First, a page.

Ego trip or smart course? Scholz defends “double boom” against EU criticism

Olaf Scholz, Mark Rutte, Emmanuel Macron

The Chancellor arrived with the French President and the Dutch Prime Minister, but the gas issue is a crunch.

(Photo: ddp/CTK)

Prague Olaf Scholz has rejected criticism from EU partners of Germany’s €200 billion relief package. At the informal EU summit in Prague, the chancellor emphasized on Friday that the package was not unique to Germany. “Such programs are also planned elsewhere and have already been implemented,” said the SPD politician. Compared to the economic performance, the German program is “in the middle”.

Scholz said he was able to clear up “misunderstandings”. “I don’t think anyone has anything against us doing it.” The public statements made by colleagues are often “more pointed” than what he hears in direct conversations.

Several EU heads of government had complained that the gas price brake gave German companies an unfair advantage and distorted competition. Poland’s Prime Minister Mateusz Morawiecki accused Berlin of “selfishness” and the “destruction of the internal market”. EU Internal Market Commissioner Thierry Breton announced a competition law review of the German package.

At the beginning of the week, the euro finance ministers had already warned of the fragmentation of the euro zone if financially strong and weak countries did not coordinate their measures better.

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Austria’s Chancellor Karl Nehammer blamed the EU Commission. The German package is a “wake-up call” for the Brussels authorities to finally propose a concrete European solution. “If the Commission doesn’t get going, nation states will start to help themselves,” said the Conservative politician. “And that’s what we’re seeing right now.”

Four options to reduce gas prices

The question of what Europeans can do about high gas prices dominated the meeting in Prague. Various price caps and a joint purchase have been discussed for weeks. An agreement should be found by the next formal EU summit in Brussels on October 20.

The following options are under discussion:

  • Gas price cap on imports: 15 EU countries are demanding a general price cap on all gas imports to Europe. Four of these countries, Poland, Belgium, Greece and Italy, advertised in Prague for a “dynamic” cap, which should always be five percent above the market price in the major markets outside Europe. In this way they want to ensure that Europe remains an attractive customer and receives enough gas. Disadvantage: Such a lid is technically difficult to implement and there could be delivery problems.
  • Negotiations with suppliers: EU Commission President Ursula von der Leyen and Norwegian Prime Minister Jonas Store declared that they wanted to take joint action against market manipulation. Norway is the EU’s most important gas supplier and benefits from the high prices. Concrete price reductions have not yet been agreed. Several heads of government promoted long-term supply contracts to ensure supplies. Disadvantage: The currently high prices would be fixed for a long time – even if the acute bottleneck were to be overcome. Success would also not be certain, because negotiations have been going on for months without a result.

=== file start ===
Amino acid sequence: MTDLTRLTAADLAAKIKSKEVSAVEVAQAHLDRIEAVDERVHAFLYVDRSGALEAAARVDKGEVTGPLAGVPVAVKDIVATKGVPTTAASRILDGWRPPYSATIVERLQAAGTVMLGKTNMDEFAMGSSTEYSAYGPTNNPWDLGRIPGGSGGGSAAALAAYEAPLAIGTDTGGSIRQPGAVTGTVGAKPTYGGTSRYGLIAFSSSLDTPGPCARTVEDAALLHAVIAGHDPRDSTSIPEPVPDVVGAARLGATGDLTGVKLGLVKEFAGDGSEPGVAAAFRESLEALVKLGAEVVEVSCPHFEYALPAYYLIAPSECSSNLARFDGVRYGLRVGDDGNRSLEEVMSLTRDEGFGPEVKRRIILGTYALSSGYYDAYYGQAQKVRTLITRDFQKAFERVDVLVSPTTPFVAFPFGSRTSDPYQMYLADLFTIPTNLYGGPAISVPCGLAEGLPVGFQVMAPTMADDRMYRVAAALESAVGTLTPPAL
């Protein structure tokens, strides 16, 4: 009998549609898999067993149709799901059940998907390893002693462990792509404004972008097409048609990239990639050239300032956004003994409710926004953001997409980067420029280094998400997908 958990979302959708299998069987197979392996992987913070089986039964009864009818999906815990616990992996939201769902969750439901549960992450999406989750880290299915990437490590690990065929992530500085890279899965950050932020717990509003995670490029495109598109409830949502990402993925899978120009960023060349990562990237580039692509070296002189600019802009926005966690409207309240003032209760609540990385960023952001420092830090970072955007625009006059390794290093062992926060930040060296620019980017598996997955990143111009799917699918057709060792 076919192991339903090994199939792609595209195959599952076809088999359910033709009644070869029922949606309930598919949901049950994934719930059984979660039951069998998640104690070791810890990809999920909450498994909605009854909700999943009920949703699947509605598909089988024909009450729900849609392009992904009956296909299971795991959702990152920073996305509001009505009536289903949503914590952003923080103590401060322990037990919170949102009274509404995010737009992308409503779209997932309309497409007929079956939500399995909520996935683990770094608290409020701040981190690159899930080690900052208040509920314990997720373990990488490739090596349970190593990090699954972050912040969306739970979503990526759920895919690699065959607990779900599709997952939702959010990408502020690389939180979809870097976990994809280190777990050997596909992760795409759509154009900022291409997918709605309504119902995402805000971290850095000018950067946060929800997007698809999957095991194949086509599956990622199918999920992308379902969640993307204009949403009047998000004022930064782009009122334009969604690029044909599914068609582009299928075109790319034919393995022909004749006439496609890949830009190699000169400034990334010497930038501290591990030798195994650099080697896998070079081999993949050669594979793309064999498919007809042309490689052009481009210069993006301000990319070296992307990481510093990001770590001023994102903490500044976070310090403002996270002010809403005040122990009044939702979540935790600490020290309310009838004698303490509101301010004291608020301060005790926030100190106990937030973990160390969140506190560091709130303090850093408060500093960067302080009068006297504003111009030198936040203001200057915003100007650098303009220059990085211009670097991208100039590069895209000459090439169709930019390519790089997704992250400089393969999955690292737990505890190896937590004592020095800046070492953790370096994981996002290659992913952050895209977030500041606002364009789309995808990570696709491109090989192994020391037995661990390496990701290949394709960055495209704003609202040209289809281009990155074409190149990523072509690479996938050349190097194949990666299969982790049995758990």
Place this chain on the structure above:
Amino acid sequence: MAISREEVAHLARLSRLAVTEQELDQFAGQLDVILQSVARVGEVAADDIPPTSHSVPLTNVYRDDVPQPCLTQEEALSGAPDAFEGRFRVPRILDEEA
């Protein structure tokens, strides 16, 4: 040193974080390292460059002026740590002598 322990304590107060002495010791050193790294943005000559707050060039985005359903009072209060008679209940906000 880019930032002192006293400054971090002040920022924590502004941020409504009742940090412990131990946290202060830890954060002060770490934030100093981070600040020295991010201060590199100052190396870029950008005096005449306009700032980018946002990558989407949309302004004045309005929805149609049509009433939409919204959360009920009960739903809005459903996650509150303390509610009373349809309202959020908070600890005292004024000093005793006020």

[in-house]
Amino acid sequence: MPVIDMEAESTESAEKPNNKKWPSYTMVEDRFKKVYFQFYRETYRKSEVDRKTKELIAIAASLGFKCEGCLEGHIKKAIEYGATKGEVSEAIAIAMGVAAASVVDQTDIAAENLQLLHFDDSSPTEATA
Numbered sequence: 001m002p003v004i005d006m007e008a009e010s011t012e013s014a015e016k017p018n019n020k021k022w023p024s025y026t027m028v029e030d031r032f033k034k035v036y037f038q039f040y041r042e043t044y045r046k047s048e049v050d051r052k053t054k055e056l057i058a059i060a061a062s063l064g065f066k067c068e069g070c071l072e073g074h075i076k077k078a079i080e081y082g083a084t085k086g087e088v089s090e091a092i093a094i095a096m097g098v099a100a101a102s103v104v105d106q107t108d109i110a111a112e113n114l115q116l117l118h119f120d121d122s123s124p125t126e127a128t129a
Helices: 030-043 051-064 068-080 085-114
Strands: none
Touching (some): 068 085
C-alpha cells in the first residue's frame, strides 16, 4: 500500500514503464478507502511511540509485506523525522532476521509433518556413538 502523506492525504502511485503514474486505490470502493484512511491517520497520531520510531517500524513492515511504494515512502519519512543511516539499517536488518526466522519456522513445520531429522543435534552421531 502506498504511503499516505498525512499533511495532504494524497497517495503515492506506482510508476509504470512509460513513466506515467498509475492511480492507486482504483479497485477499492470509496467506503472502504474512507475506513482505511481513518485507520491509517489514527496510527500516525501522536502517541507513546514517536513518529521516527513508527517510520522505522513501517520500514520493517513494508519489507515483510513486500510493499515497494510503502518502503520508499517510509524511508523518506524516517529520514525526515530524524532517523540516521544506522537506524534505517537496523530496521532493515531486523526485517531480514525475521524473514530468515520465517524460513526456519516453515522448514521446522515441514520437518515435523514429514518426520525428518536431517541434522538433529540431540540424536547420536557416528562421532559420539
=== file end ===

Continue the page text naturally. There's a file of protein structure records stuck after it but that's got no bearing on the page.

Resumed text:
• Joint gas purchase: There is a broad consensus that joint purchasing would make sense. One could negotiate better conditions for everyone with the market power of the EU, argued some summit participants. Disadvantage: The jointly purchased gas must be distributed fairly within the EU – this would guarantee new disputes.
  • National relief packages with EU aid: If the 27 member states cannot agree on a European gas price cap, the states would probably have to continue to pay subsidies in order to depress energy prices for households and companies. So that financially weak states do not fall behind in the subsidy race, calls for EU support are now being made. This week, EU Commissioners Breton and Paolo Gentiloni called for a new EU fund to be set up from which member states can obtain cheap loans. Alternatively, it would be conceivable that further funds from the €750 billion Corona reconstruction fund could be reallocated to combating the current energy crisis. Most of the money has not yet been called. Disadvantage: The EU countries would continue to fill the coffers of the gas suppliers and take on new debts in return.

No consensus emerged in Prague. According to Belgian Prime Minister Alexander de Croo, more than 20 countries are now in favor of a gas price cap. But several countries, including Germany and the Netherlands, have warned against such market intervention because they fear supply problems. The latest decision by OPEC plus is seen as a warning. The producing countries reduced oil production after the EU decided to cap prices on Russian oil.

Scholz said it was important to get gas prices down. The proposals are diverse, now they have to be checked “for practical usefulness”. “It must always be ensured that gas, oil and coal are always delivered to Europe.”

>> Read here: Berlin, Madrid and Paris are fighting over the Pyrenees pipeline – Europe’s solidarity in the energy crisis has limits

When examining the proposals, there should be “no bans on thinking”. He was open to reallocating billions more from the Corona reconstruction fund. There is “leeway” because most of the money has not yet been spent.

The Commission and the energy ministers must now draw up a concrete proposal. “We have to make a decision as soon as possible,” said EU Council President Charles Michel. “Wasting time is not an option.”

More: Germany only wants a gas price brake for its own citizens and is thus antagonizing the EU.

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